Sunday, June 21, 2009
It was terrifying.
I told you that one of my fish died, and as my son says, "It's always a sad day when a fish dies."
So I did the obligatory day of mourning (hey, it's a fish) and very quickly felt the need to move on. Bought a bigger tank, set it up, let it run a few weeks, tested the water.
And off to PetCo I go.
This time, however, I chose to buy hardy little fish, Maroon Clowns, raised in captivity. Doesn't that sound like a better idea? And yet, it's a big responsibility. They're so young that when I open the lid they rush to the top for me to pet them. It's bizarre.
But the day I introduced them to the office, it stormed. We're talking sheets of rain, an electric- light-blinking storm, lightening and thunder and potential to wipe out the power of selected Chicago neighborhoods. And I'm not coming back to work until Sunday. If the electricity goes off, then the pump goes off. If the pump doesn't work, the fish are likely to go into renal failure.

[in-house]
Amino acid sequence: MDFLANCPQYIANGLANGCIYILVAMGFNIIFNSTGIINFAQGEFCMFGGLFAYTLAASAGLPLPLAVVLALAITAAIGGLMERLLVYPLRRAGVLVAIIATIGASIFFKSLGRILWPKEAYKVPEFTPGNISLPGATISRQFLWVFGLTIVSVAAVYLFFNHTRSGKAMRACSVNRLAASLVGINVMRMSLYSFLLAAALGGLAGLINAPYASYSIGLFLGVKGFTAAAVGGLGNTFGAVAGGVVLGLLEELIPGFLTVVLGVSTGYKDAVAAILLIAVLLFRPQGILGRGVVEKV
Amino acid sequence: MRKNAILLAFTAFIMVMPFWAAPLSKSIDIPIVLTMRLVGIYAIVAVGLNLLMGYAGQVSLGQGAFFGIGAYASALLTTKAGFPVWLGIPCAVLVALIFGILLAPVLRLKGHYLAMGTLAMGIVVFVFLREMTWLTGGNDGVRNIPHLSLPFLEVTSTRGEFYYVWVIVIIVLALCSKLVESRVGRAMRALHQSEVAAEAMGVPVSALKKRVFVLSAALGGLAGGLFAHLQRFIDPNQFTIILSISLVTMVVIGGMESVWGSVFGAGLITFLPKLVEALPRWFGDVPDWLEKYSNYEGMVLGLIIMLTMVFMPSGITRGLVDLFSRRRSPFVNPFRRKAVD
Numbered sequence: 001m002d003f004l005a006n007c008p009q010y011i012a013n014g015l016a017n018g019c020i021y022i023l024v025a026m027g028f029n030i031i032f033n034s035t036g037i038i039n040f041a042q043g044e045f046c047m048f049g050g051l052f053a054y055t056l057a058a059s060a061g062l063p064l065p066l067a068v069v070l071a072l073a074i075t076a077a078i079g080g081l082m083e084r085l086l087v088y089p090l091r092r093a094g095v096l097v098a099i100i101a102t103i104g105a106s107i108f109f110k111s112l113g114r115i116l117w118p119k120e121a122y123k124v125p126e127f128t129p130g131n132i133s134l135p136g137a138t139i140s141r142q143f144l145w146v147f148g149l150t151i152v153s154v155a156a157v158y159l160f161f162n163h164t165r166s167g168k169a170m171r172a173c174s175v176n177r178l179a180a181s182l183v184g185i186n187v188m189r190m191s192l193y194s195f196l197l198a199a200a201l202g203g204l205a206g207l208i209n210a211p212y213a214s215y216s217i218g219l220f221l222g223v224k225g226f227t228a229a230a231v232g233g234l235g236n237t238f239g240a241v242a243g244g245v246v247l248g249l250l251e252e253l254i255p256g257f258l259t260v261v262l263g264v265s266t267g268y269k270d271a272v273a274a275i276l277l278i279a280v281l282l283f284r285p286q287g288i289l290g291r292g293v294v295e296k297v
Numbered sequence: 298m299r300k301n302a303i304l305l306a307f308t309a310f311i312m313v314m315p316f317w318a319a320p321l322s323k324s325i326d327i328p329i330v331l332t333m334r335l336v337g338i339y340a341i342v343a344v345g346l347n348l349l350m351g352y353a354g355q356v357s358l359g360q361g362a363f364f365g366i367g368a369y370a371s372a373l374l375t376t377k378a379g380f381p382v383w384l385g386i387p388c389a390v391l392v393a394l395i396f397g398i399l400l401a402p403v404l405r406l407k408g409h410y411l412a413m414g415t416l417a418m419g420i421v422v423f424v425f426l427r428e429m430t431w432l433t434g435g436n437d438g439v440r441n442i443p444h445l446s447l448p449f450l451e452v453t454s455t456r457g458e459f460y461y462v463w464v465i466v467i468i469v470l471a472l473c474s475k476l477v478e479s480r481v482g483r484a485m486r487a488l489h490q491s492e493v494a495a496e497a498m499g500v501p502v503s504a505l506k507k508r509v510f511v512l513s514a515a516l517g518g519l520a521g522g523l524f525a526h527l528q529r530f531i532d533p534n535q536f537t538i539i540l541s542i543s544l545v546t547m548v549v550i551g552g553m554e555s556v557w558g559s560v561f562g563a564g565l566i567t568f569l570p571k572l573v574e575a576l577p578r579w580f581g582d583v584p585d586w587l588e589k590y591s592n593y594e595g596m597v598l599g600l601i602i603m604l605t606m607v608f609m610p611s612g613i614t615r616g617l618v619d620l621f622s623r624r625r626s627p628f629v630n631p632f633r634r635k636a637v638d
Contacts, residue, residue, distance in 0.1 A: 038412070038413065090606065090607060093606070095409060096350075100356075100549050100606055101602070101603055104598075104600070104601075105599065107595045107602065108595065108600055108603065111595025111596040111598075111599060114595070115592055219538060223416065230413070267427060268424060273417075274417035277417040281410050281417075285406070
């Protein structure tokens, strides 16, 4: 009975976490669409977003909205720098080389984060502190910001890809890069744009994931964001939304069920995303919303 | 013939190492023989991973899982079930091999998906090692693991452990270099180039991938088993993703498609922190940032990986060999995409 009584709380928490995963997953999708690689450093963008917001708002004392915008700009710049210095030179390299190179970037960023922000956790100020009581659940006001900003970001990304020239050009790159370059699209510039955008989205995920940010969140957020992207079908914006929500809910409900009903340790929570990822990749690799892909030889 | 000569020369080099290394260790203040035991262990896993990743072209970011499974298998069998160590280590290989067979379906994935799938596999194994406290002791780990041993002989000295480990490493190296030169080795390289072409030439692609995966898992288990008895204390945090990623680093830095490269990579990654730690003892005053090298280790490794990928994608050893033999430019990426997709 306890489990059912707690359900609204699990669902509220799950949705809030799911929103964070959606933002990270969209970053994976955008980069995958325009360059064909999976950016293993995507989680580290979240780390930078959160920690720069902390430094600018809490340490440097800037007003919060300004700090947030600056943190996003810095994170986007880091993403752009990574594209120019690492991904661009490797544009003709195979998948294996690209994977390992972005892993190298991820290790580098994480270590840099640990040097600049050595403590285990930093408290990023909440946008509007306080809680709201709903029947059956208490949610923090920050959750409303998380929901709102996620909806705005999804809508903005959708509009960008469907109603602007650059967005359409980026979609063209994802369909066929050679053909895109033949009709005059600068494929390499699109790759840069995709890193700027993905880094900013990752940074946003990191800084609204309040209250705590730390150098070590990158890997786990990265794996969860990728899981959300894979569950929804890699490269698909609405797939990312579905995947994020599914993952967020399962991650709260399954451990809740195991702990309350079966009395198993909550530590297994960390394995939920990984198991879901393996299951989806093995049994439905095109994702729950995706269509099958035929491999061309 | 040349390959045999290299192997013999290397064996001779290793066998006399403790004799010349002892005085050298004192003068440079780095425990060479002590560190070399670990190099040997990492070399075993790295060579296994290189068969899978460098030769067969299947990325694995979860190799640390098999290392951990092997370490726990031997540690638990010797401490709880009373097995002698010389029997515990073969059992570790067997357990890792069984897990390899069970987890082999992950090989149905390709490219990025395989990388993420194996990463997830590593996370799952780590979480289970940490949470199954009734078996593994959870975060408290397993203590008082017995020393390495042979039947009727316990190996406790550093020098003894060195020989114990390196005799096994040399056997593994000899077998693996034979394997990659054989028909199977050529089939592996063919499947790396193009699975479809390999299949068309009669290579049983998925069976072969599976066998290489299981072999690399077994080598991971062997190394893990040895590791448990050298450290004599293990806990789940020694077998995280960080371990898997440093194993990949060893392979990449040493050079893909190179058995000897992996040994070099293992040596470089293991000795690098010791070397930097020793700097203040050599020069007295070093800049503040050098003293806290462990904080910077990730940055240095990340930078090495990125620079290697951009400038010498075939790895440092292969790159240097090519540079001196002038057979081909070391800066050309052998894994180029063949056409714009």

We take tza'ar ba'al chaim seriously, don't let animals suffer.
Lucky for me, a few light bulbs in the office went out simultaneously that Friday morning, nothing to do with the storm. I moseyed into the building manager's office to ask him if I am responsible for changing them, or him.
He is. So he passed down the job to Mike, our right-hand guy, to change the bulbs, and Mike saw the tank. He stopped to look at it.
"Do you like it?" I asked.
"Oh, it's so nice! You did a great job."
"I'm hoping to keep them alive."
"I had a roommate once who had a huge tank," Mike tells me, "I mean, HUGE. But he just quit school and took off and left us to care for it, but none of us knew how, so we sold the fish and the tank and it was gone before we even had a chance to say goodbye."
"I know what that's like." Then my wheels start to turn. "Hey, Mike. . ."
"If we ever have a power out in the building, and you're here and I'm not, do you think you might come in and start the tank up again when the power comes back on? It's real simple."
He said sure, and I explained how to do that. It was a great moment.
But I still felt pretty scared when I left the office, anyway, and every once in awhile, over Shabbas, I worried about the new fish, so young they haven't had a formal naming ceremony yet.
And yet, here they are today! Swimming away like they're supposed to!